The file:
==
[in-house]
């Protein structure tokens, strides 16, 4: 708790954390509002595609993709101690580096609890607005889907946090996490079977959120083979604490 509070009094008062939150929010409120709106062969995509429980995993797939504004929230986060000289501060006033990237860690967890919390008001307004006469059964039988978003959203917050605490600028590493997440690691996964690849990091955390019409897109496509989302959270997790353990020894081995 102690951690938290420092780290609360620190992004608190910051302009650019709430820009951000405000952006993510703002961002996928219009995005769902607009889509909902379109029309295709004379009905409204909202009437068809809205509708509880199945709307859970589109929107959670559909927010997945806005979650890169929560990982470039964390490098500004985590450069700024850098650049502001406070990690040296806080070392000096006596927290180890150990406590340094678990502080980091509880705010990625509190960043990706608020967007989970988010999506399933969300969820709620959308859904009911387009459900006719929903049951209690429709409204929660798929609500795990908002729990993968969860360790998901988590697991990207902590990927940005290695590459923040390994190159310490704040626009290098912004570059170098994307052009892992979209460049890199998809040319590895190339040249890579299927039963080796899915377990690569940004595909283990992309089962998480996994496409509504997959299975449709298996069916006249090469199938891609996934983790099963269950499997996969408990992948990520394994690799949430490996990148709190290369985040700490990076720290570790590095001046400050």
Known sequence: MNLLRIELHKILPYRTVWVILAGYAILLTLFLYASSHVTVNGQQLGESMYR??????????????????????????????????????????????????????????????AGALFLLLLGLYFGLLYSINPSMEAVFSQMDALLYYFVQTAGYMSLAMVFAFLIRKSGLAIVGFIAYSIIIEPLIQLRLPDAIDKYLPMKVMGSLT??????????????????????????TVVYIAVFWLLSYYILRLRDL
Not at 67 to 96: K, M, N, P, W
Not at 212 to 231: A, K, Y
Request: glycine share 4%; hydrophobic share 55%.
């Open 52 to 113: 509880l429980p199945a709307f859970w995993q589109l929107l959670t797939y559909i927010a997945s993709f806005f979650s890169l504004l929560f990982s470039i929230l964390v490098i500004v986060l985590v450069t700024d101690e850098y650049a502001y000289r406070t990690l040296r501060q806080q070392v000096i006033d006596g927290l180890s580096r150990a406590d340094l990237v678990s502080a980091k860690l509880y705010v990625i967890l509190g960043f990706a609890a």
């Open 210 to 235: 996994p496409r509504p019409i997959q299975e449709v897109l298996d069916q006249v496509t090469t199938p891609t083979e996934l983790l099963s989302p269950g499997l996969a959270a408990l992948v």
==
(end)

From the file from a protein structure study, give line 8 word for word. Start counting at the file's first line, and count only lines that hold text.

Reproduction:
């Open 210 to 235: 996994p496409r509504p019409i997959q299975e449709v897109l298996d069916q006249v496509t090469t199938p891609t083979e996934l983790l099963s989302p269950g499997l996969a959270a408990l992948v």